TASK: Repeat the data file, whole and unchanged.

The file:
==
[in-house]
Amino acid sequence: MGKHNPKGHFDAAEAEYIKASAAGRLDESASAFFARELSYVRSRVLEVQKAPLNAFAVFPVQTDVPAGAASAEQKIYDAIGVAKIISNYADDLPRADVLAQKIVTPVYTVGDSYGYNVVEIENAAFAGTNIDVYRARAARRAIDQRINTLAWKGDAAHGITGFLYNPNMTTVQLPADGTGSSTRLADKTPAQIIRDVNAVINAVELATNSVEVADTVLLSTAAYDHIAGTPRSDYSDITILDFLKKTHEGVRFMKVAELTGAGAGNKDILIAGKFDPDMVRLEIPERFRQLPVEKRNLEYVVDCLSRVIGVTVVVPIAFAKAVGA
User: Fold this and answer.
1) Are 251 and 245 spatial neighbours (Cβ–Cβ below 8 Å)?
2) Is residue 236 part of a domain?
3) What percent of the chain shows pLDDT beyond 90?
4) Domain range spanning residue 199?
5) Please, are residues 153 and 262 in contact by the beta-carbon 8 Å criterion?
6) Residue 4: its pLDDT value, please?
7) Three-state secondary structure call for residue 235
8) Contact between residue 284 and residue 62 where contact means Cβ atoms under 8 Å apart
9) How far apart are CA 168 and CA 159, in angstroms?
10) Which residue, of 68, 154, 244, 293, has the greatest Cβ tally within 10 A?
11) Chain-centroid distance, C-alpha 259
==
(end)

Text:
[in-house]
Amino acid sequence: MGKHNPKGHFDAAEAEYIKASAAGRLDESASAFFARELSYVRSRVLEVQKAPLNAFAVFPVQTDVPAGAASAEQKIYDAIGVAKIISNYADDLPRADVLAQKIVTPVYTVGDSYGYNVVEIENAAFAGTNIDVYRARAARRAIDQRINTLAWKGDAAHGITGFLYNPNMTTVQLPADGTGSSTRLADKTPAQIIRDVNAVINAVELATNSVEVADTVLLSTAAYDHIAGTPRSDYSDITILDFLKKTHEGVRFMKVAELTGAGAGNKDILIAGKFDPDMVRLEIPERFRQLPVEKRNLEYVVDCLSRVIGVTVVVPIAFAKAVGA
User: Fold this and answer.
1) Are 251 and 245 spatial neighbours (Cβ–Cβ below 8 Å)?
2) Is residue 236 part of a domain?
3) What percent of the chain shows pLDDT beyond 90?
4) Domain range spanning residue 199?
5) Please, are residues 153 and 262 in contact by the beta-carbon 8 Å criterion?
6) Residue 4: its pLDDT value, please?
7) Three-state secondary structure call for residue 235
8) Contact between residue 284 and residue 62 where contact means Cβ atoms under 8 Å apart
9) How far apart are CA 168 and CA 159, in angstroms?
10) Which residue, of 68, 154, 244, 293, has the greatest Cβ tally within 10 A?
11) Chain-centroid distance, C-alpha 259